by Julie Middleton
Russell Ayto, illustrator
Inside Jacket: Dad takes Dave to the museum to see the DINOSAURS. Dad is sure he knows all there is to know about these amazing creatures. But soon Dave gets the feeling that Dad has one hugely important fact very, very wrong . . .
Dave and his dad take a trip to the museum to see the dinosaur exhibit. On the way, Dave wants to know if all the dinosaurs are dead. Dad explains that dinosaurs have been gone a long time. In the museum, Dad lets his son know about each dinosaur they approach. He is full of facts about each one.
“Now Dave,” explained Dad, “this handsome fellow is the Ankylosaurus. Look at the fabulous armor plating and bony eyelids.”
“Oh,” said Dave. “It’s winking at me, Dad!”
“Ankylosaurus don’t wink, Dave,” said Dad. “It’s just your imagination.”
Dave must have a wildly realistic imagination because I saw the Ankylosaurus wink at Dave. Honest, I did. The two move on to the Deinocheirus and its long arms and fingers, fingers that tickle young imaginative boys when dads walk ahead of them.
“It’s just your imagination.”
With each new dinosaur, Dave and his imagination continue to get attention from the dinosaurs. Finally, at the very last exhibit, Dad tells Dave what he knows about the Tyrannosaurus Rex. What happens next just might have Dad wondering if dinosaurs are dead.
This is a good book for young dinosaur lovers. Not only is there a funny story between Dave and Dad, but there is good information about each dinosaur in the book, along with a pronunciation key.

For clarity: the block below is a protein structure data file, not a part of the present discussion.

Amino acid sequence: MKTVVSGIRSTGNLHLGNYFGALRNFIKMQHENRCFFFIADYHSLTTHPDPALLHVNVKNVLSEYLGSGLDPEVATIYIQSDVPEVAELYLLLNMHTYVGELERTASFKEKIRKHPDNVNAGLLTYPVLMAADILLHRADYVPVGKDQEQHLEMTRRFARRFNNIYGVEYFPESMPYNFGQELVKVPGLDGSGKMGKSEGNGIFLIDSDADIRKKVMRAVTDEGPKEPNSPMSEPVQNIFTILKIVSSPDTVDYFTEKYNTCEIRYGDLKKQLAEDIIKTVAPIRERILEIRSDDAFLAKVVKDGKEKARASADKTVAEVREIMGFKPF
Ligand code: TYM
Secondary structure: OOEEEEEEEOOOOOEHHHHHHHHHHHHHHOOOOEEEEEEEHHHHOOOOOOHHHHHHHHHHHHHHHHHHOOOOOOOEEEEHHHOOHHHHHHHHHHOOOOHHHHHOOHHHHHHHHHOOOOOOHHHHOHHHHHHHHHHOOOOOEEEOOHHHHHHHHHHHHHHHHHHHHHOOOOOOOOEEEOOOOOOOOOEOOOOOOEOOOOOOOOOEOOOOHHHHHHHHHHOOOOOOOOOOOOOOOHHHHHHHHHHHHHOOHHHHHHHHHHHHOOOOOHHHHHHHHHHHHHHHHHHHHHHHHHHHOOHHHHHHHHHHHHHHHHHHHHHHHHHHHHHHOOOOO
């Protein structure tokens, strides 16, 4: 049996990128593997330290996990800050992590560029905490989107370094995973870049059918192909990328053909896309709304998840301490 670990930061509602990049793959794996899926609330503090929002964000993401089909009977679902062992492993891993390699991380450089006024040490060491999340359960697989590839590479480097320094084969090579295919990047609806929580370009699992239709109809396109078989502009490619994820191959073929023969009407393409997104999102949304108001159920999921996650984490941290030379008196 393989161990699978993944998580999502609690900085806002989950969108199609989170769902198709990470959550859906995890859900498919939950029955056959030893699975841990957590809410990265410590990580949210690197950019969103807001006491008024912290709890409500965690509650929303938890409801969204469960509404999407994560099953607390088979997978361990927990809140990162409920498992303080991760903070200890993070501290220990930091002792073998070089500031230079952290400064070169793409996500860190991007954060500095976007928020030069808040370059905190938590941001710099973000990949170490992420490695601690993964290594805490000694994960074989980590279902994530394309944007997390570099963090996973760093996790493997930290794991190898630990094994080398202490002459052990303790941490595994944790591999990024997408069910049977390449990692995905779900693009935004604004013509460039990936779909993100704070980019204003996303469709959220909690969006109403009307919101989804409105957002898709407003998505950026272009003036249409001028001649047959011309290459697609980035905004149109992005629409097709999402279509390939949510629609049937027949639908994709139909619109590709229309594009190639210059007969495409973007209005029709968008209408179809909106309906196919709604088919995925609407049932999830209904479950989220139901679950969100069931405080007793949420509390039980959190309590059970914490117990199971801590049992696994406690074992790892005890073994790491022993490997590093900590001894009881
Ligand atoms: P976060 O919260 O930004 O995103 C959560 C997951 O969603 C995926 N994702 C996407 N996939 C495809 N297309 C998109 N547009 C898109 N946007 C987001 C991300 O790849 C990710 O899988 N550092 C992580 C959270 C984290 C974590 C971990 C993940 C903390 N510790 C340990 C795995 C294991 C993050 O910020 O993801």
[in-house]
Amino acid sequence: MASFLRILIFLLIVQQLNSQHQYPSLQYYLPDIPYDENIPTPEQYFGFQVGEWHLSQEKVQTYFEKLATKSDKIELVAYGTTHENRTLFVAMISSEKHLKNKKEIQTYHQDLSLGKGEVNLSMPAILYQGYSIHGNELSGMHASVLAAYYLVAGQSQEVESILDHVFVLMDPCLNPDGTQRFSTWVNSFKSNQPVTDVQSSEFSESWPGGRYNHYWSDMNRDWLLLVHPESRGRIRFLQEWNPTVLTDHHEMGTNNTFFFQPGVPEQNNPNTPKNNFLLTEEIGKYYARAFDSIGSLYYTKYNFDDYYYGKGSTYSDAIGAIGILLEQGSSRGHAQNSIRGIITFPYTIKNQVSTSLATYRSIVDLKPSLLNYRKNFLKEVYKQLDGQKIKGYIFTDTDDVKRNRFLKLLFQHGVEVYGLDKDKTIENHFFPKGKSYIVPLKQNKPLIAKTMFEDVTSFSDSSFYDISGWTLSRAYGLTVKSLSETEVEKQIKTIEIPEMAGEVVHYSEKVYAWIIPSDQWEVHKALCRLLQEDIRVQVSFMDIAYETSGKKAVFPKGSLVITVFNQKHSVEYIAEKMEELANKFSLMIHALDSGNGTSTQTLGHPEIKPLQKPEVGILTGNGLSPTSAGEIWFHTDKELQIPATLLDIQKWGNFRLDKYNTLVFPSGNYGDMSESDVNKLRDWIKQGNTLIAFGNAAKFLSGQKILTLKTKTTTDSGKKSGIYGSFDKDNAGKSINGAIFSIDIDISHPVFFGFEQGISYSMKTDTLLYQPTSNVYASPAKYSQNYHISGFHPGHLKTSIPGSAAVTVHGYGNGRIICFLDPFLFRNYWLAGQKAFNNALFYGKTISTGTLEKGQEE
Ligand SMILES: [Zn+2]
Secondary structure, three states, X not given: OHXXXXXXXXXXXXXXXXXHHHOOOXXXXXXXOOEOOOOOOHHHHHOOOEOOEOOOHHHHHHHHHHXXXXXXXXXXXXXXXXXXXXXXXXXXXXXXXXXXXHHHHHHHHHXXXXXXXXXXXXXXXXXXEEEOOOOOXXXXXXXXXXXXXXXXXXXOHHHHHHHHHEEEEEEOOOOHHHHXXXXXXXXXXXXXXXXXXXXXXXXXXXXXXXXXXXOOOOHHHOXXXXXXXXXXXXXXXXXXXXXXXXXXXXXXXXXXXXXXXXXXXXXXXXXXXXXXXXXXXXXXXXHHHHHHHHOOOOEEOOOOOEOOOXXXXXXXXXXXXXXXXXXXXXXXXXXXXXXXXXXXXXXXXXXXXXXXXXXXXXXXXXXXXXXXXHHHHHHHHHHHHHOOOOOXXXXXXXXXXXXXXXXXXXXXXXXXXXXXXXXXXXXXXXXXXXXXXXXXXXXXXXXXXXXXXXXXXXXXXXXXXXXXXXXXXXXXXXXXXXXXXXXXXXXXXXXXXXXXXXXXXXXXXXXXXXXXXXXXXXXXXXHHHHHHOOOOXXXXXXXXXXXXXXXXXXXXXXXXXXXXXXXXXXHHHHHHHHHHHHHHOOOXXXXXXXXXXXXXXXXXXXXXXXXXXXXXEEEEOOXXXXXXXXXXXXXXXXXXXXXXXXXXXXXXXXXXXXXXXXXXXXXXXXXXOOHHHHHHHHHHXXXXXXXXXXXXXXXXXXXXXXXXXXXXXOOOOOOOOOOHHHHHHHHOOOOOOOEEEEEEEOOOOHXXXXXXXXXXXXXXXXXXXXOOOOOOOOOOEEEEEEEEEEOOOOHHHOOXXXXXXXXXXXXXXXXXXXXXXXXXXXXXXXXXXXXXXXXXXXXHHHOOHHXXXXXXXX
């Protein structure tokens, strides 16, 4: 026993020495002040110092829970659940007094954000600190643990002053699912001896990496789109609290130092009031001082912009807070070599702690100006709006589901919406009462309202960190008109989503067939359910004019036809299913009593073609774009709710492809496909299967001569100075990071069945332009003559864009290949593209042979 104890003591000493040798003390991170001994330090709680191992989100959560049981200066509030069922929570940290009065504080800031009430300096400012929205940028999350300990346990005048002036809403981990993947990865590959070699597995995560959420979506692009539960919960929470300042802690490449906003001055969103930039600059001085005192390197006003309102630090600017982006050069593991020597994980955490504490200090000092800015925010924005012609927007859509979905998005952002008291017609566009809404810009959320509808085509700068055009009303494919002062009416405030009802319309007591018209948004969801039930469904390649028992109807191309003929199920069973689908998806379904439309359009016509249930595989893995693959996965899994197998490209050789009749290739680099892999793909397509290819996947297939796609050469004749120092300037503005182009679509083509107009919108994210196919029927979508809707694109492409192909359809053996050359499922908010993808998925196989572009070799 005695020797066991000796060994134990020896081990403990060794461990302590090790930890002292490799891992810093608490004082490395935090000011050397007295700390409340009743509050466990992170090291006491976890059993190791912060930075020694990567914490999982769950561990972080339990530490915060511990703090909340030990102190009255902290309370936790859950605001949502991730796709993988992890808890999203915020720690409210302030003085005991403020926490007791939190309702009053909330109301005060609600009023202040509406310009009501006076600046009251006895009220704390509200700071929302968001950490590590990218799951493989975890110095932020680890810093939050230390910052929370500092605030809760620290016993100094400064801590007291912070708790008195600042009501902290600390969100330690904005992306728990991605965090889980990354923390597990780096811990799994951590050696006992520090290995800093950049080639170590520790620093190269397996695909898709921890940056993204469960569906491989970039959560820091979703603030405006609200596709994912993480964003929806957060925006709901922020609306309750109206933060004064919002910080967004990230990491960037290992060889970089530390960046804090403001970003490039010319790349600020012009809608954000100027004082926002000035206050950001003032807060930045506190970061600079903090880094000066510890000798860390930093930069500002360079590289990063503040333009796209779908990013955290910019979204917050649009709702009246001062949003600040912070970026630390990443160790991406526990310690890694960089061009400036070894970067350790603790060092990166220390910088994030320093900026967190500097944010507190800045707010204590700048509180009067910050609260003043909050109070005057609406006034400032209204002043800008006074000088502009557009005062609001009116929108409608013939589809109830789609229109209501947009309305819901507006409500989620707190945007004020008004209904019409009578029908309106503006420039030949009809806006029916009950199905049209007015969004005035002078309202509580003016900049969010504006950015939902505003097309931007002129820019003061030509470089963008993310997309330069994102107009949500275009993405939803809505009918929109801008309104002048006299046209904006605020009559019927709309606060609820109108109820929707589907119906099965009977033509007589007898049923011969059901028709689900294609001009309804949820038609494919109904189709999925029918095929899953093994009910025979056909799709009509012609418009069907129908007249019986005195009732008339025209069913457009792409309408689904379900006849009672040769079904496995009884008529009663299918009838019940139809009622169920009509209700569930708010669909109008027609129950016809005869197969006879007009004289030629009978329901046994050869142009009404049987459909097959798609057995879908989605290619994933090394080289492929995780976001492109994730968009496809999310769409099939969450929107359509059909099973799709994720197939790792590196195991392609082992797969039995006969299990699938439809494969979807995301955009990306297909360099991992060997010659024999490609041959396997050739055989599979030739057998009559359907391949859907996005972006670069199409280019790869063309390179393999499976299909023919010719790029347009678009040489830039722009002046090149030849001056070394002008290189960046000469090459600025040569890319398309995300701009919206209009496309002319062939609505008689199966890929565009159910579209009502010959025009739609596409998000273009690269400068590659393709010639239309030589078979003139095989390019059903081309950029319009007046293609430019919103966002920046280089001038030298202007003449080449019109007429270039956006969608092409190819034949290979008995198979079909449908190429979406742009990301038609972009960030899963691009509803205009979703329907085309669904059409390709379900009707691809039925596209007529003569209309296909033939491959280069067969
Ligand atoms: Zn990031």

Dad is the oblivious adult who no longer has time for imagination. He sees the facts. When his son tells him the dinosaur has done something, such as wink at him, Dad brushes it off as childhood imagination. If he had not done that, I wonder if the ending would have been less dramatic for Dad.
I think this is a good bedtime/nap book. There are many opportunities for adults to immerse themselves into the story, taking the part of the once-dead-now-alive dinosaurs. Of course, the giggles might make it a little difficult for sleep to arrive.
At first look, this seems to be great for boys—and it is—yet girls will also like Are Dinosaurs Dead, Dad? The illustrations are terrific with interesting dinosaurs, color from edge-to-edge, and little details, such as a sign saying “mind the tail,” or the dinosaur graph with various dinosaurs in odd positions, some with a tongue hanging out.
Dad and Dave are the only people in each exhibit and they are tiny compared to the massive girths of each dinosaur. Many of the dinosaurs stretch out across the spread when Dad obliviously walks off to the next exhibit. Adding more character, each dinosaur is fleshed out with imaginative features, rather than the usual skeletal presentation. Mr. Ayto also illustrated the equally whimsical Where Teddy Bears Come From.
I think kids will find Are Dinosaurs Dead, Dad? informative and extremely funny. When asked, “Read it again?” parents will not mind obliging repeatedly. This is Julie Middleton’s first picture book.
by Julie Middleton website Russell Ayto, illustrator wikipage Peachtree Publishers website blog Released March 2013 ISBN: 978-1-56145-690-1 32 pages Ages 4 to 8 Copyright ©2013 by Peachtree Publishers, used with permission Text: copyright © 2013 by Julie Middleton Illustrations: copyright © 2013 by Russell Ayto
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- Are the Dinosaurs Dead, Dad? and Other Prehistoric Picture Books (teachwithpicturebooks.blogspot.com)